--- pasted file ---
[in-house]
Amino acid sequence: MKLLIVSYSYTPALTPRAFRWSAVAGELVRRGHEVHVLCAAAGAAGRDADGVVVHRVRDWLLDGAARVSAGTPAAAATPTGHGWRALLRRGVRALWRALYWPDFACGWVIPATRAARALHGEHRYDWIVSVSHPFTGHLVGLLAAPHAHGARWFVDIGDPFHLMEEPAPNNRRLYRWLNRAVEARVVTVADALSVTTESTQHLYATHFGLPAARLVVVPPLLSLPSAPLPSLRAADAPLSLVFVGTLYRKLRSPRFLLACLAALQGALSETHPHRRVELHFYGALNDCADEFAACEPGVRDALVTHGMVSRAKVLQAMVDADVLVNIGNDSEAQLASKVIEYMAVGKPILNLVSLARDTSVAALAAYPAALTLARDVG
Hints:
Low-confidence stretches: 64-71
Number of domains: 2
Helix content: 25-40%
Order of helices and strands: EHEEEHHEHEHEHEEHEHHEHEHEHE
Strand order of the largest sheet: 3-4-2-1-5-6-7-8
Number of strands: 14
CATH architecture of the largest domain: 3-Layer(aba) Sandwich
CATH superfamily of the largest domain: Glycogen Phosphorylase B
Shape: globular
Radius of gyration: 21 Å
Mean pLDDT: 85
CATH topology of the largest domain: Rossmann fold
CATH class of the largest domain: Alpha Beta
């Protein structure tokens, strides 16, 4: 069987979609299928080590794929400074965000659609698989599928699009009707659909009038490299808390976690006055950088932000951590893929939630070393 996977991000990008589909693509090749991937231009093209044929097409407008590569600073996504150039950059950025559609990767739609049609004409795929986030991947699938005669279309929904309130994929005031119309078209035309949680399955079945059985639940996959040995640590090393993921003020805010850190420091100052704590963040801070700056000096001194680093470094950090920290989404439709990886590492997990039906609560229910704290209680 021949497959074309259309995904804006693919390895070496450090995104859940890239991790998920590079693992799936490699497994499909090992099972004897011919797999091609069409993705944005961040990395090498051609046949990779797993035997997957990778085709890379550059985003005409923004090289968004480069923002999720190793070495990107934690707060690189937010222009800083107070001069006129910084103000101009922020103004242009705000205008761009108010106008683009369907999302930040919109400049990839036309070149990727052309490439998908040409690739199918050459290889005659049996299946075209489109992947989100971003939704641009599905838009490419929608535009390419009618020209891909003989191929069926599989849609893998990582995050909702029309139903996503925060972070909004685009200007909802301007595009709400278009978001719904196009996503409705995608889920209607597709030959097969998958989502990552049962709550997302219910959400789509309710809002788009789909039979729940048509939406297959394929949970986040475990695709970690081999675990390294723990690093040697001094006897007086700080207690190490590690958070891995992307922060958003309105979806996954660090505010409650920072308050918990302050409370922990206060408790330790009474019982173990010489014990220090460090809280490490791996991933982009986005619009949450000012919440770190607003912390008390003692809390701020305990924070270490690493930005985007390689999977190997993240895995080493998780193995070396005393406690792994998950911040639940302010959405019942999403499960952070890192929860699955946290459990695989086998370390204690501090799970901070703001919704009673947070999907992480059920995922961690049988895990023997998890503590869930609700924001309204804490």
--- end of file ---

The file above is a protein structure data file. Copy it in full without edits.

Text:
[in-house]
Amino acid sequence: MKLLIVSYSYTPALTPRAFRWSAVAGELVRRGHEVHVLCAAAGAAGRDADGVVVHRVRDWLLDGAARVSAGTPAAAATPTGHGWRALLRRGVRALWRALYWPDFACGWVIPATRAARALHGEHRYDWIVSVSHPFTGHLVGLLAAPHAHGARWFVDIGDPFHLMEEPAPNNRRLYRWLNRAVEARVVTVADALSVTTESTQHLYATHFGLPAARLVVVPPLLSLPSAPLPSLRAADAPLSLVFVGTLYRKLRSPRFLLACLAALQGALSETHPHRRVELHFYGALNDCADEFAACEPGVRDALVTHGMVSRAKVLQAMVDADVLVNIGNDSEAQLASKVIEYMAVGKPILNLVSLARDTSVAALAAYPAALTLARDVG
Hints:
Low-confidence stretches: 64-71
Number of domains: 2
Helix content: 25-40%
Order of helices and strands: EHEEEHHEHEHEHEEHEHHEHEHEHE
Strand order of the largest sheet: 3-4-2-1-5-6-7-8
Number of strands: 14
CATH architecture of the largest domain: 3-Layer(aba) Sandwich
CATH superfamily of the largest domain: Glycogen Phosphorylase B
Shape: globular
Radius of gyration: 21 Å
Mean pLDDT: 85
CATH topology of the largest domain: Rossmann fold
CATH class of the largest domain: Alpha Beta
């Protein structure tokens, strides 16, 4: 069987979609299928080590794929400074965000659609698989599928699009009707659909009038490299808390976690006055950088932000951590893929939630070393 996977991000990008589909693509090749991937231009093209044929097409407008590569600073996504150039950059950025559609990767739609049609004409795929986030991947699938005669279309929904309130994929005031119309078209035309949680399955079945059985639940996959040995640590090393993921003020805010850190420091100052704590963040801070700056000096001194680093470094950090920290989404439709990886590492997990039906609560229910704290209680 021949497959074309259309995904804006693919390895070496450090995104859940890239991790998920590079693992799936490699497994499909090992099972004897011919797999091609069409993705944005961040990395090498051609046949990779797993035997997957990778085709890379550059985003005409923004090289968004480069923002999720190793070495990107934690707060690189937010222009800083107070001069006129910084103000101009922020103004242009705000205008761009108010106008683009369907999302930040919109400049990839036309070149990727052309490439998908040409690739199918050459290889005659049996299946075209489109992947989100971003939704641009599905838009490419929608535009390419009618020209891909003989191929069926599989849609893998990582995050909702029309139903996503925060972070909004685009200007909802301007595009709400278009978001719904196009996503409705995608889920209607597709030959097969998958989502990552049962709550997302219910959400789509309710809002788009789909039979729940048509939406297959394929949970986040475990695709970690081999675990390294723990690093040697001094006897007086700080207690190490590690958070891995992307922060958003309105979806996954660090505010409650920072308050918990302050409370922990206060408790330790009474019982173990010489014990220090460090809280490490791996991933982009986005619009949450000012919440770190607003912390008390003692809390701020305990924070270490690493930005985007390689999977190997993240895995080493998780193995070396005393406690792994998950911040639940302010959405019942999403499960952070890192929860699955946290459990695989086998370390204690501090799970901070703001919704009673947070999907992480059920995922961690049988895990023997998890503590869930609700924001309204804490």